This sermon was given during one of the Women’s Ministries/Shepherdess meetings at the 2005 GC Session in St. Louis, Missouri. The sermon may have some portions specific to the sermon writer. If you use the sermon, edit the material to be sure it is understood that these are the sermon writer’s personal experiences.
TRANSFORMED BY GRACE FOR HIS GLORY
By Gabriela Profeta-Phillips
Theme: God’s Transforming Power
Call to Worship: #705, Seventh-day Adventist Hymnal, I Will Exalt You, My God the King
Opening Song: #15, Seventh-day Adventist Hymnal, My Maker and My King
Closing Song: #341, Seventh-day Adventist Hymnal, To God Be the Glory
Scripture: various passages in Genesis
This sermon was originally given on Thursday, July 7, 2005, during the Women’s Ministries/ Shepherdess Meetings at GC Session 2005 in St. Louis, Missouri.
Transformed by Grace for His Glory
By Gabriela Profeta-Phillips
It was September 2003 and I was in Cairo, among those who were swarming the crowded coaches and piling themselves up against the passengers that had already boarded before…
The train made its wary way through the dry desert, slowly traversing the brown arid wasteland. Above, the sun burned hotly filling the vast empty space with its searing rays. Everything was ablaze under it, and the heat enveloped everyone in a sickly drowsiness, increasing the feeling of heavy weariness…
Life itself seemed sluggish, like the mirage that gleamed on the far horizons.
All the way out the wheels kept up their song which reverberated in each passenger’s head: Allahu Akbar, Allahu Akbar, He is the Almighty, Glory be to him! God is the Greatest.
Next to me, sat a young mother of three, her eyes were the very picture of pain and endurance. Her face was dark brown, and the black kohl on her eyes had been smeared by tears and sweat. On her arms laid a restless bundle of several layers that contained a baby, My heart sank when I saw two huge black eyes which seemed attached to his tiny face by invisible wires. They appeared motionless, as if fixed on scene of horror.
I could not bear the scene, with a quick glance I reviewed the expression of the other passengers, I needed to see something that could distract me from those baby eyes that kept hunting me. But I only saw the thread of suffering that knights together the untold pain of many hearts…
God, how can you endure the sight of this intolerable and bleak existence? Where are you that I cannot hear you?- I cried out. But God was in that train all along, and I did not know it, no wonder I heard later on someone in the crowd say bismillah al rahman, al rahim… (in the name of God the merciful and compassionate).
In the same land, among the same people (the children of the East) but in another time, someone else called to God and He actually came down to the Egyptian desert and displayed His glory.
Her name was Hagar (Hajar in Arabic) and she is the beloved “Mother” of the Arab people. This morning, we will attempt to retrieve part her life story from a chapters of Genesis and consider God’s way of counteracting the human drama of suffering and pain.
Outside the tent is dark, the desert breeze begins to sift through the bare hills; inside the silence is stifling until finally Sarah gets her courage to deliver her plan. “So Sarai said to Abram, ‘See now, the Lord has restrained me from bearing children. Please, go into my maid; perhaps I shall be built up from her’” (Gn 4:16). I can almost hear Sarah reasoning “We have waited 10 years, and if the Lord has chosen to close my womb until this old age, and has promised you a great prosperity, might this mean that your seed would possibly be secured from another women?. After all, He has never said that the promise nation will sprout from your loins and my womb…”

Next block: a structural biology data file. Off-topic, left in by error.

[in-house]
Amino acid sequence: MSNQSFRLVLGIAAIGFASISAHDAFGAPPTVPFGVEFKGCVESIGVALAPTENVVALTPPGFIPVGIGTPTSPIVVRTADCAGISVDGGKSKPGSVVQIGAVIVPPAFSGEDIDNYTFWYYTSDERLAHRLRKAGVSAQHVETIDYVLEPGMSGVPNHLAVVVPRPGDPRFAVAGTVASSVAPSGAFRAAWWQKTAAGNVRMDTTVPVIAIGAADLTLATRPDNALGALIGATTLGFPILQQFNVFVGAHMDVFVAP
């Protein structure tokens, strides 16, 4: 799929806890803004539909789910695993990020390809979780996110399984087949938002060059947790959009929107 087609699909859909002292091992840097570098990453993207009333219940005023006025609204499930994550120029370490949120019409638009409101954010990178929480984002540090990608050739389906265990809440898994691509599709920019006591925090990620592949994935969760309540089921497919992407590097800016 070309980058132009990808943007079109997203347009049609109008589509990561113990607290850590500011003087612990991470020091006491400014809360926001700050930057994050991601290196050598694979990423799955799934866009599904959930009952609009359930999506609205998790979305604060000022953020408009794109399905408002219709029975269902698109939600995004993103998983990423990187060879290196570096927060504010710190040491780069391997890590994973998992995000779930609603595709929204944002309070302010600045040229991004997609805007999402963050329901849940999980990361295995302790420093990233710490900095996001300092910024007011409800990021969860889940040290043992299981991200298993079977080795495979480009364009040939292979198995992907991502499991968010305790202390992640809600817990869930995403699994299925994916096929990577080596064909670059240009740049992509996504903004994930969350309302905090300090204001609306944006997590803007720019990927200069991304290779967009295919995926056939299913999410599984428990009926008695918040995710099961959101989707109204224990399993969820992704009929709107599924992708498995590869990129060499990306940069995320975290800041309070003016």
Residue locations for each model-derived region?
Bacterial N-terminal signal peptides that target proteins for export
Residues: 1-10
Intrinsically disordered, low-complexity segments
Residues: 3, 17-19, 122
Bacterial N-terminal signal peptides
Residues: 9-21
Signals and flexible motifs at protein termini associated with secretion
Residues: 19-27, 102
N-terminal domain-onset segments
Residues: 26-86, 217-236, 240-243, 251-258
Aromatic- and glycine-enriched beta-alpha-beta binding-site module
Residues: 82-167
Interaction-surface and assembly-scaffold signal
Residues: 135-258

(Note that is not until (Genesis 17:15) Ishmail is a teenager that God includes Sarah.)
Before this night, Hagar was in Abram’s household just a presence, but where others saw simply a slave, Sarah saw a reliable woman upon which her family could be built. A royal family for a brand new nation to fulfill God’s designs.
An so it happened, and Hagar became Abram’s surrogate wife (Gn 16: 3-4) “then Sarai, Abram’s wife took Hagar her maid, the Egyptian, and gave her to her husband Abram to be his wife…”. “So he went into Hagar, and she conceived. And we she saw that she had conceived, her mistress became little before her eyes (literal translation from the Hebrew by Maalouf).
Here we have now two women competing for the same slot… Hagar is no longer a simple maid, she has gained a new respect as the mother of the long awaited child of Abraham, and it is not surprising that her barren old mistress does not seems so powerful and important after all. Sarah’s image has diminished in the eyes of Hagar.
Sarah feels betrayed; she no longer enjoys Abram undivided attention. The narrative of this story is rather limited and we are asked to fill the blanks…without loosing sight of the real issues: progeny, shame, polygamy and God’s provision and faithfulness.
The relation is clearly deteriorating, and Abram keeps himself detached and does not respond to the accusation of being responsible for the crisis. Gn 16 “My wrong be upon you”. In what seems an act of desperation, Sarah calls the Lord to arbitrate “The Lord judge between you and me” she said in verse 5.
Abram, perhaps in an attempt to reaffirm his wife, puts Hagar (his wife’s maid) under her hand to do as she pleases (verse 6). And when Sarah dealt with her harshly, Hagar fled from her presence. Sarah afflicts Hagar, the term used here conveys the idea of bringing someone under control by means of harsh treatment that might involve physical and psychological abuse.
The same verb is used to refer to the Egyptian oppression of the Israelites later on and just like the Israelites find refuge in the desert later on, Hagar also finds her way out of oppression in the desert.